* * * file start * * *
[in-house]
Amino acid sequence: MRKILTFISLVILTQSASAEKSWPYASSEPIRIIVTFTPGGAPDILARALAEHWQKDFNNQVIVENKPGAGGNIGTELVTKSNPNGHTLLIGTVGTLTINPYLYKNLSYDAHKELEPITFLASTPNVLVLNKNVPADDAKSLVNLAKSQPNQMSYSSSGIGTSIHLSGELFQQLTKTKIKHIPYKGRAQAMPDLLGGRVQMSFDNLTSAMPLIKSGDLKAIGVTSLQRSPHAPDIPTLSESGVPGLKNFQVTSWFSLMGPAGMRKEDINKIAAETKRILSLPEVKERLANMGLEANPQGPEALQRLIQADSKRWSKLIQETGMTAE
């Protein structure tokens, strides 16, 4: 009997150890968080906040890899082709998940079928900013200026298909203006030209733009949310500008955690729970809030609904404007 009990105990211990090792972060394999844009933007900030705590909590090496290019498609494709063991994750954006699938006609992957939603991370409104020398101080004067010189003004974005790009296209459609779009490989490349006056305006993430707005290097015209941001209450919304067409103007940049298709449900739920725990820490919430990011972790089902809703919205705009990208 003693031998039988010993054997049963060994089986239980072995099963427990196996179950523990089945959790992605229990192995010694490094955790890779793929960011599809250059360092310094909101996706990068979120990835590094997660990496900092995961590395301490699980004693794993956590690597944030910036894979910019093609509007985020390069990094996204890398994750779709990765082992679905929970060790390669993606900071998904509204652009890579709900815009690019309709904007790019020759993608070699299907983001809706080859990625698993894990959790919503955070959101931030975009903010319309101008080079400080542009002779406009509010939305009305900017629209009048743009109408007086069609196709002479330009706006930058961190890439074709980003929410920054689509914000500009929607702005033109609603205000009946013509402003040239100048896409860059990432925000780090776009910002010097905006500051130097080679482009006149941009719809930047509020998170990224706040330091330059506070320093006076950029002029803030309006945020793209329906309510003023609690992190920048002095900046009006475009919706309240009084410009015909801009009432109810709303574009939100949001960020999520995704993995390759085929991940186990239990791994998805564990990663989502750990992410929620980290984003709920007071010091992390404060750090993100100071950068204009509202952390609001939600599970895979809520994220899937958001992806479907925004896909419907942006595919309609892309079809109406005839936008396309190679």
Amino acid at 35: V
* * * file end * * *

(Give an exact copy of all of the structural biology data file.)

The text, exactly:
[in-house]
Amino acid sequence: MRKILTFISLVILTQSASAEKSWPYASSEPIRIIVTFTPGGAPDILARALAEHWQKDFNNQVIVENKPGAGGNIGTELVTKSNPNGHTLLIGTVGTLTINPYLYKNLSYDAHKELEPITFLASTPNVLVLNKNVPADDAKSLVNLAKSQPNQMSYSSSGIGTSIHLSGELFQQLTKTKIKHIPYKGRAQAMPDLLGGRVQMSFDNLTSAMPLIKSGDLKAIGVTSLQRSPHAPDIPTLSESGVPGLKNFQVTSWFSLMGPAGMRKEDINKIAAETKRILSLPEVKERLANMGLEANPQGPEALQRLIQADSKRWSKLIQETGMTAE
């Protein structure tokens, strides 16, 4: 009997150890968080906040890899082709998940079928900013200026298909203006030209733009949310500008955690729970809030609904404007 009990105990211990090792972060394999844009933007900030705590909590090496290019498609494709063991994750954006699938006609992957939603991370409104020398101080004067010189003004974005790009296209459609779009490989490349006056305006993430707005290097015209941001209450919304067409103007940049298709449900739920725990820490919430990011972790089902809703919205705009990208 003693031998039988010993054997049963060994089986239980072995099963427990196996179950523990089945959790992605229990192995010694490094955790890779793929960011599809250059360092310094909101996706990068979120990835590094997660990496900092995961590395301490699980004693794993956590690597944030910036894979910019093609509007985020390069990094996204890398994750779709990765082992679905929970060790390669993606900071998904509204652009890579709900815009690019309709904007790019020759993608070699299907983001809706080859990625698993894990959790919503955070959101931030975009903010319309101008080079400080542009002779406009509010939305009305900017629209009048743009109408007086069609196709002479330009706006930058961190890439074709980003929410920054689509914000500009929607702005033109609603205000009946013509402003040239100048896409860059990432925000780090776009910002010097905006500051130097080679482009006149941009719809930047509020998170990224706040330091330059506070320093006076950029002029803030309006945020793209329906309510003023609690992190920048002095900046009006475009919706309240009084410009015909801009009432109810709303574009939100949001960020999520995704993995390759085929991940186990239990791994998805564990990663989502750990992410929620980290984003709920007071010091992390404060750090993100100071950068204009509202952390609001939600599970895979809520994220899937958001992806479907925004896909419907942006595919309609892309079809109406005839936008396309190679």
Amino acid at 35: V